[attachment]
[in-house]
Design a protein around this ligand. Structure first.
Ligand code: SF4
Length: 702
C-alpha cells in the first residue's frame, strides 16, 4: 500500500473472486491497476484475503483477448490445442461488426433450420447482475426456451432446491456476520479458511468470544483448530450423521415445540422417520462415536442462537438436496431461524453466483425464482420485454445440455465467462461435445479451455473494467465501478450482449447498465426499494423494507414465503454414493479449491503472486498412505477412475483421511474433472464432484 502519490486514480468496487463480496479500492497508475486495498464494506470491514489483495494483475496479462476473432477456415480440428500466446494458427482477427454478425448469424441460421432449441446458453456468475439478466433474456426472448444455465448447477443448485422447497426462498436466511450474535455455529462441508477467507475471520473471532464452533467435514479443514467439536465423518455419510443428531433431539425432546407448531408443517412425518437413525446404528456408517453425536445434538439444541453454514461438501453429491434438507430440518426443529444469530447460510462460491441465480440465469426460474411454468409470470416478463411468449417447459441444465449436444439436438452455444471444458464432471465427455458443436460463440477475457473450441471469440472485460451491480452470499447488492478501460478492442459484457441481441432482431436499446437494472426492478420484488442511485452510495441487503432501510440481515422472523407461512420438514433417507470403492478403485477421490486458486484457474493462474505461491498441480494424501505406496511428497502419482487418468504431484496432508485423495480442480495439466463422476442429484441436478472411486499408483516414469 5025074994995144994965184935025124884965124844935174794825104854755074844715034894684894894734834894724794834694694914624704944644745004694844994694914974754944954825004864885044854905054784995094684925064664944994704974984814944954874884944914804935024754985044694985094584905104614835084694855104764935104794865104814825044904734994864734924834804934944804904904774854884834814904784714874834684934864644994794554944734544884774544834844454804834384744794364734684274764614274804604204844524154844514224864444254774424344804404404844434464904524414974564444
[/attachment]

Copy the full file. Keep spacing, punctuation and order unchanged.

[in-house]
Design a protein around this ligand. Structure first.
Ligand code: SF4
Length: 702
C-alpha cells in the first residue's frame, strides 16, 4: 500500500473472486491497476484475503483477448490445442461488426433450420447482475426456451432446491456476520479458511468470544483448530450423521415445540422417520462415536442462537438436496431461524453466483425464482420485454445440455465467462461435445479451455473494467465501478450482449447498465426499494423494507414465503454414493479449491503472486498412505477412475483421511474433472464432484 502519490486514480468496487463480496479500492497508475486495498464494506470491514489483495494483475496479462476473432477456415480440428500466446494458427482477427454478425448469424441460421432449441446458453456468475439478466433474456426472448444455465448447477443448485422447497426462498436466511450474535455455529462441508477467507475471520473471532464452533467435514479443514467439536465423518455419510443428531433431539425432546407448531408443517412425518437413525446404528456408517453425536445434538439444541453454514461438501453429491434438507430440518426443529444469530447460510462460491441465480440465469426460474411454468409470470416478463411468449417447459441444465449436444439436438452455444471444458464432471465427455458443436460463440477475457473450441471469440472485460451491480452470499447488492478501460478492442459484457441481441432482431436499446437494472426492478420484488442511485452510495441487503432501510440481515422472523407461512420438514433417507470403492478403485477421490486458486484457474493462474505461491498441480494424501505406496511428497502419482487418468504431484496432508485423495480442480495439466463422476442429484441436478472411486499408483516414469 5025074994995144994965184935025124884965124844935174794825104854755074844715034894684894894734834894724794834694694914624704944644745004694844994694914974754944954825004864885044854905054784995094684925064664944994704974984814944954874884944914804935024754985044694985094584905104614835084694855104764935104794865104814825044904734994864734924834804934944804904904774854884834814904784714874834684934864644994794554944734544884774544834844454804834384744794364734684274764614274804604204844524154844514224864444254774424344804404404844434464904524414974564444